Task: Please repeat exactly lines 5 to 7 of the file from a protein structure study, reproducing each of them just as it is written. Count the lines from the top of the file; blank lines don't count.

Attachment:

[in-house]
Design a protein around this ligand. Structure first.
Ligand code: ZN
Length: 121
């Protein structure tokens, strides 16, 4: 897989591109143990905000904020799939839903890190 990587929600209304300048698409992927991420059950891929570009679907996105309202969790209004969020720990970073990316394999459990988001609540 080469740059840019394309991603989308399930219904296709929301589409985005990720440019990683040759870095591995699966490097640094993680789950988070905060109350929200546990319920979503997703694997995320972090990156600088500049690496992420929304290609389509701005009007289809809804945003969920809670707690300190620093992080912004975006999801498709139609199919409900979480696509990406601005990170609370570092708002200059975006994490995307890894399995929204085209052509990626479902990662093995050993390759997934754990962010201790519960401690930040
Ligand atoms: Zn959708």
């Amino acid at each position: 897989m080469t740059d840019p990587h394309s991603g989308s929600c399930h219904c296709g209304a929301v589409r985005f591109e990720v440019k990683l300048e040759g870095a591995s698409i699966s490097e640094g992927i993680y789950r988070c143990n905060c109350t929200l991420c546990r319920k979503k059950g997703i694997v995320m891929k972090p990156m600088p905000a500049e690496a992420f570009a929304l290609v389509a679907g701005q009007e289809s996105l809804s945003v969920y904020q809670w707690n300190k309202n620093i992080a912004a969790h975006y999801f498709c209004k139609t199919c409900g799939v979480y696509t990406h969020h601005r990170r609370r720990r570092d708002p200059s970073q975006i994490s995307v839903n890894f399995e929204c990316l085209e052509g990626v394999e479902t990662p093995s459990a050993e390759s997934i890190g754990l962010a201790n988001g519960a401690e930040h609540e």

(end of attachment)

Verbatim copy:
């Protein structure tokens, strides 16, 4: 897989591109143990905000904020799939839903890190 990587929600209304300048698409992927991420059950891929570009679907996105309202969790209004969020720990970073990316394999459990988001609540 080469740059840019394309991603989308399930219904296709929301589409985005990720440019990683040759870095591995699966490097640094993680789950988070905060109350929200546990319920979503997703694997995320972090990156600088500049690496992420929304290609389509701005009007289809809804945003969920809670707690300190620093992080912004975006999801498709139609199919409900979480696509990406601005990170609370570092708002200059975006994490995307890894399995929204085209052509990626479902990662093995050993390759997934754990962010201790519960401690930040
Ligand atoms: Zn959708």
């Amino acid at each position: 897989m080469t740059d840019p990587h394309s991603g989308s929600c399930h219904c296709g209304a929301v589409r985005f591109e990720v440019k990683l300048e040759g870095a591995s698409i699966s490097e640094g992927i993680y789950r988070c143990n905060c109350t929200l991420c546990r319920k979503k059950g997703i694997v995320m891929k972090p990156m600088p905000a500049e690496a992420f570009a929304l290609v389509a679907g701005q009007e289809s996105l809804s945003v969920y904020q809670w707690n300190k309202n620093i992080a912004a969790h975006y999801f498709c209004k139609t199919c409900g799939v979480y696509t990406h969020h601005r990170r609370r720990r570092d708002p200059s970073q975006i994490s995307v839903n890894f399995e929204c990316l085209e052509g990626v394999e479902t990662p093995s459990a050993e390759s997934i890190g754990l962010a201790n988001g519960a401690e930040h609540e």